Textual Circulation and the Production of Common Knowledge (Robert Frost Edition)


As my work takes me ever deeper into thinking about the exchange and circulation of textual information and its currency under different technological regimes, I’ve become interested in looking a bit more at the importance of misquoted texts in the production of common knowledge.  Robert Frost’s oft-(mis)quoted line, “poetry is what gets lost in translation” is just one example of this phenomenon.   What Frost actually said, was, “I could define poetry this way: it is that which is lost out of both prose and verse in translation.” (Conversations on the Craft of Poetry (1959))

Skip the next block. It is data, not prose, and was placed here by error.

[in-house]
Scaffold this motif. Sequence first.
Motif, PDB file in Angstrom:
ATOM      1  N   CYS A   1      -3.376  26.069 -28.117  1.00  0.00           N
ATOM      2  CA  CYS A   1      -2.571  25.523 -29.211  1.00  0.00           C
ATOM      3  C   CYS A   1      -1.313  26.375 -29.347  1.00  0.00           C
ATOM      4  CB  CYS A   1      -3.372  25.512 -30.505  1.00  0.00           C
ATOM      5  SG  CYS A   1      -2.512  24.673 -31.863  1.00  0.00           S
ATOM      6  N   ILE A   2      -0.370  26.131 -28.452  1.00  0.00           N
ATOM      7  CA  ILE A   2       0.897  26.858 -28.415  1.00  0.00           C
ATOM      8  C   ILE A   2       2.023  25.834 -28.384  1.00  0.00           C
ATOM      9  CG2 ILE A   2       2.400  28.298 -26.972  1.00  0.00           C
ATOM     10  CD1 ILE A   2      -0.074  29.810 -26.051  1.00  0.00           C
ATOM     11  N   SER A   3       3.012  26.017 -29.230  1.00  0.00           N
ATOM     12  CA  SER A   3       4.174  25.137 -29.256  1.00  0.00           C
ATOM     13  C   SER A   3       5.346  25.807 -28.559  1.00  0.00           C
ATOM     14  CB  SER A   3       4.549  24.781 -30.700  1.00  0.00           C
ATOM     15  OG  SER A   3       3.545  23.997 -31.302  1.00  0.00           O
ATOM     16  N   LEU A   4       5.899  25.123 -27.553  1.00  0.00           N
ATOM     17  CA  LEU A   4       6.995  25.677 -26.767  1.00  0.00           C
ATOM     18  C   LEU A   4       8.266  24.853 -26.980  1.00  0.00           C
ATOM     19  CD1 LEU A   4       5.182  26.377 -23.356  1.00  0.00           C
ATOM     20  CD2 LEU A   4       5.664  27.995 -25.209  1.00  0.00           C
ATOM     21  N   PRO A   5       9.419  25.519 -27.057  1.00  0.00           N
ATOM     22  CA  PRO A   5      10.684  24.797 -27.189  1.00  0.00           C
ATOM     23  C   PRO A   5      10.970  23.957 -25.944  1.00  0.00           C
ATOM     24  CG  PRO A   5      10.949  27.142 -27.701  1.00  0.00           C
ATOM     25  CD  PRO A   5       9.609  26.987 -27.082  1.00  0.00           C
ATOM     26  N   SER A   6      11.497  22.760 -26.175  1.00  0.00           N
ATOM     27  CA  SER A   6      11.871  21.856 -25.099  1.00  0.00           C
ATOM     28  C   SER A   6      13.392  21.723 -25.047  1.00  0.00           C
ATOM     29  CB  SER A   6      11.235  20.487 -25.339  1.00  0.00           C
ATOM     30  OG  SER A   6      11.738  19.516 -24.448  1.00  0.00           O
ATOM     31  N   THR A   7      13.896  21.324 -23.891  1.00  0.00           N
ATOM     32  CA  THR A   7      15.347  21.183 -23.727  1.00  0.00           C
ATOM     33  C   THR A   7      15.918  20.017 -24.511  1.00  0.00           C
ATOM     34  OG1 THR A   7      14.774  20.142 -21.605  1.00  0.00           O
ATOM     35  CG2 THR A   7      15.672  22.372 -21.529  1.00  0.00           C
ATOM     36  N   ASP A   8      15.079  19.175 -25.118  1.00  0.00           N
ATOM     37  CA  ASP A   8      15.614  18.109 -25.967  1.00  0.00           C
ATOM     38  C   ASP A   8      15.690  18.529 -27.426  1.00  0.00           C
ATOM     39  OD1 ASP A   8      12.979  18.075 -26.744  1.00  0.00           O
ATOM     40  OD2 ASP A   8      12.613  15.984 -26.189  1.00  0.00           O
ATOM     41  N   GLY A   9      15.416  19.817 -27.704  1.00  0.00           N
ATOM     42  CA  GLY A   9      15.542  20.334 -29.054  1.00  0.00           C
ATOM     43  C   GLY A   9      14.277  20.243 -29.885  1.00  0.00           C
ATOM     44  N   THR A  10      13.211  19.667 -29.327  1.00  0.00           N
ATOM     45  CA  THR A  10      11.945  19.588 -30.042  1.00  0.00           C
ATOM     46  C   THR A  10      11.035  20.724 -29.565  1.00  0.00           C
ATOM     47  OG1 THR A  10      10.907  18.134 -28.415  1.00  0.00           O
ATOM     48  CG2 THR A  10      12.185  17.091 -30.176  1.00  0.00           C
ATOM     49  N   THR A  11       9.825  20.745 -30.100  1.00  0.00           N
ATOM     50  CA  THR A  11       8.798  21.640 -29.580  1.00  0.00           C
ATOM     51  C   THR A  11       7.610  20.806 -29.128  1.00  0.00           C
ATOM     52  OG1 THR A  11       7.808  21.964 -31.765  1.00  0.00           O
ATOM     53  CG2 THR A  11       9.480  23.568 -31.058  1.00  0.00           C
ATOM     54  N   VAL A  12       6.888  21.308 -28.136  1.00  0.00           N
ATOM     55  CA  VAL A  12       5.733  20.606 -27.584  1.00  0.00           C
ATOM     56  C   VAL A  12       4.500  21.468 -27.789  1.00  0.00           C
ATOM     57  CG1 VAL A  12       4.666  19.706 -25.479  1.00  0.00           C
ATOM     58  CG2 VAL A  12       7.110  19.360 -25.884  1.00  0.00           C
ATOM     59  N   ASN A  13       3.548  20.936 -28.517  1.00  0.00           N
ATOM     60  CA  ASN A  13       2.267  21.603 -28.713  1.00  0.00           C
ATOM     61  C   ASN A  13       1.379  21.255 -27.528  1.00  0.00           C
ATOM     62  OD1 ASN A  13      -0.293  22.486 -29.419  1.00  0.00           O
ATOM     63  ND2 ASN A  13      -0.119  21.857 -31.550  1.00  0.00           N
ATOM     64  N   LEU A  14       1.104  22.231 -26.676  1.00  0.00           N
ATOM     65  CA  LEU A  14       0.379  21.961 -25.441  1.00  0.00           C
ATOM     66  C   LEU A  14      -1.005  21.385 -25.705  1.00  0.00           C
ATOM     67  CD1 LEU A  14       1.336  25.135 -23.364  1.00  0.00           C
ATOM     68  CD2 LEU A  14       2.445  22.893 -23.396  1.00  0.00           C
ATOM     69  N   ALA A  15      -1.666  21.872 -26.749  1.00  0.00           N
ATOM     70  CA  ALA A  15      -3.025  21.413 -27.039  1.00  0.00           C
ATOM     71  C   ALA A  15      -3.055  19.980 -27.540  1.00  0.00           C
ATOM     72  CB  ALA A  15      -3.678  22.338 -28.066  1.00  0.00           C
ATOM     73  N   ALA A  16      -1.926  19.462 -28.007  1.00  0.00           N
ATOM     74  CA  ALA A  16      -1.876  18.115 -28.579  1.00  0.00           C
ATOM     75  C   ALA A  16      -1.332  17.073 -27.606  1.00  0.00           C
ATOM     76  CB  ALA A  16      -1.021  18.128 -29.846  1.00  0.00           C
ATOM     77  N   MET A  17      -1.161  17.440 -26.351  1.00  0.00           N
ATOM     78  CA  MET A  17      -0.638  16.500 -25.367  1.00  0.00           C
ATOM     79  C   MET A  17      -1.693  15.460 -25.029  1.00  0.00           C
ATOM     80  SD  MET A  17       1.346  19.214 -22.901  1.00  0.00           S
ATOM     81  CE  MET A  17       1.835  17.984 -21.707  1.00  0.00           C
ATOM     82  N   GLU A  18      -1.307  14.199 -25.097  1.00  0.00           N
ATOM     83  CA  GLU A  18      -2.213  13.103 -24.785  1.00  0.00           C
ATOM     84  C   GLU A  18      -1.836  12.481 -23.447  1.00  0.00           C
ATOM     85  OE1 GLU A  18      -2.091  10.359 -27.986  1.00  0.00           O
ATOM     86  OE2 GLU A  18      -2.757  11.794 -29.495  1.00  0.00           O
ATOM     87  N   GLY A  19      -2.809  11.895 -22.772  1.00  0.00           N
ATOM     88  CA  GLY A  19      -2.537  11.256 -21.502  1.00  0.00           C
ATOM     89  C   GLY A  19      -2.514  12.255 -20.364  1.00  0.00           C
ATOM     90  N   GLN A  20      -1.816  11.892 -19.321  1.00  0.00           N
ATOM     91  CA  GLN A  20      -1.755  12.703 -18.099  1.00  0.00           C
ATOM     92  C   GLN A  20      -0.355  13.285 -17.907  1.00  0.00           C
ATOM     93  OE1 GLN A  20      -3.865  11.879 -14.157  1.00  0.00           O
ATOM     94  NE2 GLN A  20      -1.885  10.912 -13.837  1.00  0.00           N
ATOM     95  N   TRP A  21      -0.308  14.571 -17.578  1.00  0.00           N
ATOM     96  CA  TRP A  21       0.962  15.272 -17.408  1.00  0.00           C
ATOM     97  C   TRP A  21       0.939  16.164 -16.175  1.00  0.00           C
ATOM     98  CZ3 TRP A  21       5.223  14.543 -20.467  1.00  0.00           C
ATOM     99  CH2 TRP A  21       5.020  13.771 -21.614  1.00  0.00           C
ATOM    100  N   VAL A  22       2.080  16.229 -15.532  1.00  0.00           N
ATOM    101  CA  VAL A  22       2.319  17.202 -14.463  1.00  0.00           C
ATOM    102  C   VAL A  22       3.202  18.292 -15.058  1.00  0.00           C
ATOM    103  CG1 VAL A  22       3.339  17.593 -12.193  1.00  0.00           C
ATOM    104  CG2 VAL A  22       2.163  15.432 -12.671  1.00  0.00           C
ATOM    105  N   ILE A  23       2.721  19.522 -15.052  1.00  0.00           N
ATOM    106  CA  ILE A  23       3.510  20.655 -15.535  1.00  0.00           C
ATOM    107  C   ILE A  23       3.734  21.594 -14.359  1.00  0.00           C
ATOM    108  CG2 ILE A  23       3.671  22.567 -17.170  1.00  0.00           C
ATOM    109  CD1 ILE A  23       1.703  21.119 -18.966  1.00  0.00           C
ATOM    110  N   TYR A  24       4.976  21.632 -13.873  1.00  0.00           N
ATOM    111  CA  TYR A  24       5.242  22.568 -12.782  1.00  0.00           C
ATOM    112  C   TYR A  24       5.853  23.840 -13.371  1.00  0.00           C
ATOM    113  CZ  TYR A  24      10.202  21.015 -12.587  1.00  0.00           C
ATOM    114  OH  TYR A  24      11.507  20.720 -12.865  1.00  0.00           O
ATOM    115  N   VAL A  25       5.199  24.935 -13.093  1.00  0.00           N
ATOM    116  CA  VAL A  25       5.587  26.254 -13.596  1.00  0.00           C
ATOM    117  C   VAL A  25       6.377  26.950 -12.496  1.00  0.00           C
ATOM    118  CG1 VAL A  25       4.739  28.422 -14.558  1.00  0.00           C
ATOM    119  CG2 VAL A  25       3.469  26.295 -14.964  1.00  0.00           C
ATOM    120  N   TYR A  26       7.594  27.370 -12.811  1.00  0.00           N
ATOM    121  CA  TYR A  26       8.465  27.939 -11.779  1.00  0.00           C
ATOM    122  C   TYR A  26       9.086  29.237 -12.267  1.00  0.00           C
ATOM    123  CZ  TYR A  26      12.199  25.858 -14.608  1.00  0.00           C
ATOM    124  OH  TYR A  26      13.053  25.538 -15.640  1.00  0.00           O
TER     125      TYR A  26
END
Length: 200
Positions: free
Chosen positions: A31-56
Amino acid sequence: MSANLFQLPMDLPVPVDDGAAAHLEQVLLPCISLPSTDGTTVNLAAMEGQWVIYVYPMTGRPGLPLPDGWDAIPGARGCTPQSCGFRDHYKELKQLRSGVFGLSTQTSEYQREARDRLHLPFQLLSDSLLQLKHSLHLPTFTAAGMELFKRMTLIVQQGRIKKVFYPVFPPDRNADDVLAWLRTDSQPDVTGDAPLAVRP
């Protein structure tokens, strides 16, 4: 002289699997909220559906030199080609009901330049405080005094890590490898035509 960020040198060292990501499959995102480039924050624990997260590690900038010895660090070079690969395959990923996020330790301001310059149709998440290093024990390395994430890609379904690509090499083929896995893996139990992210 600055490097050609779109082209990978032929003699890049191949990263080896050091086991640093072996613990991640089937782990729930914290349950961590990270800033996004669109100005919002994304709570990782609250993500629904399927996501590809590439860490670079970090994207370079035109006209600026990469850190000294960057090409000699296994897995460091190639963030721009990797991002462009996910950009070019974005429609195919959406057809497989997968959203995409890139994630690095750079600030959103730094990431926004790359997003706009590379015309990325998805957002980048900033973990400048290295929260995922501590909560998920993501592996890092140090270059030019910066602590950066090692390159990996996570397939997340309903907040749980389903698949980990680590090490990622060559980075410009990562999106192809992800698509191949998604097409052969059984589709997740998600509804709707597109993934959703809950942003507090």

In a July 14, 2016 Tweet, the translator Michael Cole offers an interpretation of Frost’s line that is in some senses much closer to what Frost said in 1959 than to what we now commonly believe he said.  Cole writes, “Poetry isn’t lost in translation.  Poetry is translation.”  If you have any thoughts to share regarding Cole’s statement and/or the genealogy of the misquoted Frost line, please let me know.  Thanks!